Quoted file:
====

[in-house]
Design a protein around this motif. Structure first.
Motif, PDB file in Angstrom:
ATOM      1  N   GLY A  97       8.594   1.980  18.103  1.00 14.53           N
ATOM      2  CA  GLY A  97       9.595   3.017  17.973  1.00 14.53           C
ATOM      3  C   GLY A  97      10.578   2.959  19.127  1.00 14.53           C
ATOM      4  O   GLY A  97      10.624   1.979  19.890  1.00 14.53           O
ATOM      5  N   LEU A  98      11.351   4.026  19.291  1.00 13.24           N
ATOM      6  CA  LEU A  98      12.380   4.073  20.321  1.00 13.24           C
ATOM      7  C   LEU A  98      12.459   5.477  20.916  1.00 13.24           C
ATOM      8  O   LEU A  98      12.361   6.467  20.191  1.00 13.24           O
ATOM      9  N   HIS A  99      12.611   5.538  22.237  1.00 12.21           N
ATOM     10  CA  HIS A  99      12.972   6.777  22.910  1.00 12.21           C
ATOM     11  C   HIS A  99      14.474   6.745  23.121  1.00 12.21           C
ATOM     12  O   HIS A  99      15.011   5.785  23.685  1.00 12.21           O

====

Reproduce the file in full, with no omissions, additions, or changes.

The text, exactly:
[in-house]
Design a protein around this motif. Structure first.
Motif, PDB file in Angstrom:
ATOM      1  N   GLY A  97       8.594   1.980  18.103  1.00 14.53           N
ATOM      2  CA  GLY A  97       9.595   3.017  17.973  1.00 14.53           C
ATOM      3  C   GLY A  97      10.578   2.959  19.127  1.00 14.53           C
ATOM      4  O   GLY A  97      10.624   1.979  19.890  1.00 14.53           O
ATOM      5  N   LEU A  98      11.351   4.026  19.291  1.00 13.24           N
ATOM      6  CA  LEU A  98      12.380   4.073  20.321  1.00 13.24           C
ATOM      7  C   LEU A  98      12.459   5.477  20.916  1.00 13.24           C
ATOM      8  O   LEU A  98      12.361   6.467  20.191  1.00 13.24           O
ATOM      9  N   HIS A  99      12.611   5.538  22.237  1.00 12.21           N
ATOM     10  CA  HIS A  99      12.972   6.777  22.910  1.00 12.21           C
ATOM     11  C   HIS A  99      14.474   6.745  23.121  1.00 12.21           C
ATOM     12  O   HIS A  99      15.011   5.785  23.685  1.00 12.21           O